Executive Summary

This is a shadow report filed to provide additional information and analysis to supplement the US Government's Initial Report of the United States of America to the UN Convention on the Elimination of Racial Discrimination. Although it documents several areas of non-compliance and makes recommendations for improvement, it is not intended to be exhaustive.

Our focus is on the persistence of white privilege, a system that accrues to whites (or European Americans) greater wealth, resources, more access and higher quality access to justice, services, capital -- virtually every form of benefits to be reaped from US society -- than other racial groups. Conversely, white privilege has resulted in impoverishment and injustice for the vast majority of those belonging to racial minorities.

White privilege is more than a set of attitudes or individual opinions. It is an overarching, comprehensive framework of policies, practices, institutions and cultural norms that undergird every aspect of US society. Too often, discussion of racial discrimination focuses solely on the effects on those who are oppressed as if there are no oppressors or beneficiaries.

In this analysis, racial minorities are cast as "problems to be solved" instead of victims of an unjust system. Yet, as 19th century African American freedom fighter Frederick Douglass put it nearly a century ago, " There is no negro problem. The problem is whether the American people have loyalty enough, honor enough, patriotism enough, to live up to their own constitution..." The US will come into compliance with CERD provisions -- and other human rights conventions -- only when it dismantles white privilege and makes the promise of "equality and justice for all" the letter and effect of the law.

Key Findings and Recommendations

� This report found gross inequities and discrimination along racial lines in every area of investigation. Contrary to Government claims, the US Constitution does not offer adequate or clear protection, assurances or remedies for victims. A complete review and revision of US law, at every level, is required to adequately address issues of discrimination.

� The US legal standard requiring that victims of discrimination prove "intent" to discriminate as a condition of remedy is a major barrier to addressing racial inequity in general and meeting CERD obligations in particular. The US must move to making discriminatory effect the standard and develop an appropriate legal and policy framework for actualizing such a standard at every level of government.

� There is currently no central office responsible for providing oversight, coordination, and management of the CERD reporting, evaluation and implementation process. The Government should fund this work adequately and identify such an agency (preferably an NGO with expertise and competency in this arena) to undertake these responsibilities.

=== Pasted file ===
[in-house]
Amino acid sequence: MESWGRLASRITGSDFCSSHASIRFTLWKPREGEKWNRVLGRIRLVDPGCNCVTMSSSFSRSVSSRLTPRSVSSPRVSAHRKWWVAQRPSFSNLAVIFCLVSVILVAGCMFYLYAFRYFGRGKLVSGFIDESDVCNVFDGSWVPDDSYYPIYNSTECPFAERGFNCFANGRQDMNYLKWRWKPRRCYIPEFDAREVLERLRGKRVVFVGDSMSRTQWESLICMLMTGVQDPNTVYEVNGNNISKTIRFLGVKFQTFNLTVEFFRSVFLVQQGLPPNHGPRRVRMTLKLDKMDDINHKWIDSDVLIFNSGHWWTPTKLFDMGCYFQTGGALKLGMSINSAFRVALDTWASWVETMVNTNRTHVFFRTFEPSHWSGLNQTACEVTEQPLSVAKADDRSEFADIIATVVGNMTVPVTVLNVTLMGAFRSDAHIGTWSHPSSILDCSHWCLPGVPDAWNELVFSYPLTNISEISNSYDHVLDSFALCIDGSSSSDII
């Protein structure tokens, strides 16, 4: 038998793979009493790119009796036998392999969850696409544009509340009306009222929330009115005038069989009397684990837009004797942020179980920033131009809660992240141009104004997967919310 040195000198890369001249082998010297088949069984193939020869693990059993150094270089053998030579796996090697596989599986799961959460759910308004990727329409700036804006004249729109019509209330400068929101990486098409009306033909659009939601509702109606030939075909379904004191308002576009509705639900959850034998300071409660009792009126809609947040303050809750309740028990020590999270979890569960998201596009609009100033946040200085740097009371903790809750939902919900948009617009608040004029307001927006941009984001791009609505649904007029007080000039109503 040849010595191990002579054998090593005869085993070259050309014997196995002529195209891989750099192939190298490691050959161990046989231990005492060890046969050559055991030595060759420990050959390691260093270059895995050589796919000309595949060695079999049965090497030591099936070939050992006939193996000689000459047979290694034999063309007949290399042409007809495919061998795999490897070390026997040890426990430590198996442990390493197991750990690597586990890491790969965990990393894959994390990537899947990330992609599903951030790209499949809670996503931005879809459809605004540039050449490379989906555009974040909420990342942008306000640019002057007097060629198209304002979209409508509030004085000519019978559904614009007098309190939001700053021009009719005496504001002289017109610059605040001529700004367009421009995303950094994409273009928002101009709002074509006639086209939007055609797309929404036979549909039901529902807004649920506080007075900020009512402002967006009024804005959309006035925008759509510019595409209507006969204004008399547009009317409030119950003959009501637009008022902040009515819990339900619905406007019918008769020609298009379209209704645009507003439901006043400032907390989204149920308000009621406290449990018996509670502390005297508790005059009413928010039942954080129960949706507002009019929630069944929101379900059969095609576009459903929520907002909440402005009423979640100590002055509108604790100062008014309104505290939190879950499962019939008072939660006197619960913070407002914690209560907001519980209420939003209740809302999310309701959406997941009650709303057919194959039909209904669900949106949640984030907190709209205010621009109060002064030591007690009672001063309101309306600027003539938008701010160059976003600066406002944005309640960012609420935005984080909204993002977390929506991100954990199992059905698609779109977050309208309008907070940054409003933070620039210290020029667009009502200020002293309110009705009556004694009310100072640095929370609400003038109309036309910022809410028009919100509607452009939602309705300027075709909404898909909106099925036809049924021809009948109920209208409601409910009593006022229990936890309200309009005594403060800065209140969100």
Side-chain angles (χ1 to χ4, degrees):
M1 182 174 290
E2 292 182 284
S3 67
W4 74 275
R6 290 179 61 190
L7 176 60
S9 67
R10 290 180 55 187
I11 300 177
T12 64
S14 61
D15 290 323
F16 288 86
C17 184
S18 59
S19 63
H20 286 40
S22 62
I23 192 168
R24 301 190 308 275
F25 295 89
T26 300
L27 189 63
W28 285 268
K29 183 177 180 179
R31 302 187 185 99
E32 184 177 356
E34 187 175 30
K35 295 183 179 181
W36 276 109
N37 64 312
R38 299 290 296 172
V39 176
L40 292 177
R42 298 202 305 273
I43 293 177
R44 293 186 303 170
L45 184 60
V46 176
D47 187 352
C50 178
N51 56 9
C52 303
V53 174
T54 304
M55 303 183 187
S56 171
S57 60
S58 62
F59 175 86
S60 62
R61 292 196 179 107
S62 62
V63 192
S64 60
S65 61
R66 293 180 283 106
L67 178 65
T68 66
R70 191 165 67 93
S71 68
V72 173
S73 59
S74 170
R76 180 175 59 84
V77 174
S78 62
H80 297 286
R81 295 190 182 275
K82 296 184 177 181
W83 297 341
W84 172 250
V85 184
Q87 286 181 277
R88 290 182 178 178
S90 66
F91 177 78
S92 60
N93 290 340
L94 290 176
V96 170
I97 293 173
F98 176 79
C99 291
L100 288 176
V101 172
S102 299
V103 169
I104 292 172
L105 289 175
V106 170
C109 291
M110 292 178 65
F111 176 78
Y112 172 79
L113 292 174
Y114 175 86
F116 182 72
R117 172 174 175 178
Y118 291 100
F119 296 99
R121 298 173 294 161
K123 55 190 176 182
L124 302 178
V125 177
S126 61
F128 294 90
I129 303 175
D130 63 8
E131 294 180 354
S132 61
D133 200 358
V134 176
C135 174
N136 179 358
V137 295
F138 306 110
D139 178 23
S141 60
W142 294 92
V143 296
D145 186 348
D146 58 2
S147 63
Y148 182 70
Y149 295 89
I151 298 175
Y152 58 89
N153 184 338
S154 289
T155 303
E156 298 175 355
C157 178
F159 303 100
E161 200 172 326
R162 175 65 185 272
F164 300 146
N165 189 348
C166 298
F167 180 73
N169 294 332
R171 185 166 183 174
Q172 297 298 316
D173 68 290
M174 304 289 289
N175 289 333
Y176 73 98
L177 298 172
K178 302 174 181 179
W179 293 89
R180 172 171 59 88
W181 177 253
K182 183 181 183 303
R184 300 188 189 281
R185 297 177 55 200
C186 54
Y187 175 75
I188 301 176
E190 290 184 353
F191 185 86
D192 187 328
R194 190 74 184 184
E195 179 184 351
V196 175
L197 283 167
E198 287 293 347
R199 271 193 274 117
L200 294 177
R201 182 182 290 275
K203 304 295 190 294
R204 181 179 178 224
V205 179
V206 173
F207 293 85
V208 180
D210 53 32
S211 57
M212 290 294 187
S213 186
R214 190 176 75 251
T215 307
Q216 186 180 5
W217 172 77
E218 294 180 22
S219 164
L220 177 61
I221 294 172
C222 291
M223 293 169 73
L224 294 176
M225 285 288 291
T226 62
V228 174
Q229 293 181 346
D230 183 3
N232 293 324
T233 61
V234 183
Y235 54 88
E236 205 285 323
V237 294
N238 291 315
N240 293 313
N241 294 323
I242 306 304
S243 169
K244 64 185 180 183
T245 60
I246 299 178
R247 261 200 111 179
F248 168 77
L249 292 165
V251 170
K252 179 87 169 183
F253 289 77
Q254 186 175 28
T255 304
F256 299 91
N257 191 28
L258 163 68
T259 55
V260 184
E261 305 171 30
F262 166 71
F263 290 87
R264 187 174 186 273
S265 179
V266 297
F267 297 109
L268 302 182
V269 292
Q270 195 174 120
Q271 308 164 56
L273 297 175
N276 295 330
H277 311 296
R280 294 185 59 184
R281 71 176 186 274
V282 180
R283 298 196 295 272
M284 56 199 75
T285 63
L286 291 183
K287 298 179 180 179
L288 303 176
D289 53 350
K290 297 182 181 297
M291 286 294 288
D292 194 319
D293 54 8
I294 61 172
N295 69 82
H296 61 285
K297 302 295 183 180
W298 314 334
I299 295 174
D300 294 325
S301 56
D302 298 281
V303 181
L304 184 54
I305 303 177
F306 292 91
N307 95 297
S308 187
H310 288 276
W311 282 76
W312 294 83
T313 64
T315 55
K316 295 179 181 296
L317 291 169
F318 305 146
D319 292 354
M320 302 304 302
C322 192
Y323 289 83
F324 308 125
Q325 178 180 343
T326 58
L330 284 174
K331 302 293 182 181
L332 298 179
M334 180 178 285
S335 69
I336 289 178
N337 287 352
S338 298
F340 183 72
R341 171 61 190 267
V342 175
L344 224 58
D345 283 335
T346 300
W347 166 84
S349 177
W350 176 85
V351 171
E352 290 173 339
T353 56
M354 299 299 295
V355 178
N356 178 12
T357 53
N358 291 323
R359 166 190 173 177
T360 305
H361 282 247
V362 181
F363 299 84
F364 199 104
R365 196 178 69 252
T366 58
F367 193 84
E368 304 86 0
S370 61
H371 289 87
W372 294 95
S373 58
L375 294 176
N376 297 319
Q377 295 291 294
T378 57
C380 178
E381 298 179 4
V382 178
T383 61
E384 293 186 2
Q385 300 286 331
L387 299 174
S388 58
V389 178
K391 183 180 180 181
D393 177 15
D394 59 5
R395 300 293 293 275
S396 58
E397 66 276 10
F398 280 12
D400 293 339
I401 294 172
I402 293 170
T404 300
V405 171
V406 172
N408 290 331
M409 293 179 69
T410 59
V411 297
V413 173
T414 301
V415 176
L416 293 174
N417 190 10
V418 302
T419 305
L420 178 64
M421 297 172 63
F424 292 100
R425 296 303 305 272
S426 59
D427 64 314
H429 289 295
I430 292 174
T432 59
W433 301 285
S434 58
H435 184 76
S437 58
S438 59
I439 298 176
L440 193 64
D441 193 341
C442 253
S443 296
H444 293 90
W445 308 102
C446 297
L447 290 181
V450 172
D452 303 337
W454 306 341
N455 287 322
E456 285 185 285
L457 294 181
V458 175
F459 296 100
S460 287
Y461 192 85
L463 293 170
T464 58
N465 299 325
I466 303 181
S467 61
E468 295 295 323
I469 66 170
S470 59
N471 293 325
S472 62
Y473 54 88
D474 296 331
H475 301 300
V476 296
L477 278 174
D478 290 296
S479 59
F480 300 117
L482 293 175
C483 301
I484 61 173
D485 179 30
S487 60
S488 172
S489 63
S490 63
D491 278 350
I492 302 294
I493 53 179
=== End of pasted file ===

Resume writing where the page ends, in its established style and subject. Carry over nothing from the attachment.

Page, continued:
� The failure to undertake any assessment at the state and local levels provides an incomplete and inaccurate picture of US CERD compliance. The Government should establish a process with clear timelines and milestones for engaging state and local government in a comprehensive reporting and evaluation process for CERD and other human rights convention to which the Government is a signer.

� The Government's efforts to address hate violence are inadequate. In the US and elsewhere, ethnic and racial minorities, migrants, refugees and displaced people are increasingly victims of violence and repression by the state as well as private, sometimes quasi-government groups (sometimes known in the US as militias). Operating from a political framework of white supremacy and racism, these state agencies and private organizations are contributing to the development of a global "hate" movement. Strong measures must be developed to deal with these issues including:


Standardized reporting and data collection should be established to better track and make public the prevalence and character of these crimes. This data collection and reporting should be adequately funded and undertaken by appropriate non governmental organizations in collaboration with affected communities.

Clear laws, with clear consequences when appropriate, must be established to create disincentives for committing these crimes. Policies and prohibitions must be established to prevent state violence and repression in particular including but not limited to training, remedial hiring and personnel practices, videotaping and other forms of monitoring, civilian review, and a ban on "raids" and similar militaristic tactics.

� We understand that there is a clear difference between free speech, which many nations value, and speech with the purpose of inciting violence against individuals or groups based on their race. Such "hate speech" should not receive any legal protection as it does in the United States. The right to live free of violence and intimidation should certainly outweigh any "right" to speech that threatens the safety of others and incites violence. As such, we urge the United States to remove its RUDs concerning Article 4 of CERD and implement CERD fully.

� The current system of white privilege has its roots in the US conquest and oppression of indigenous peoples and the US role in the Trans-Atlantic slave trade. The inequality and injustice originating from these historic phenomena were maintained and exacerbated by government policies like Jim Crow laws, forced relocation, protective covenants, etc. The US Government must recognize its culpability as related to these issues and immediately institute comprehensive remedies and reparations that address the deep and abiding racism, repression and discrimination that result from these acts and continue to fundamentally affect and shape present contemporary social problems.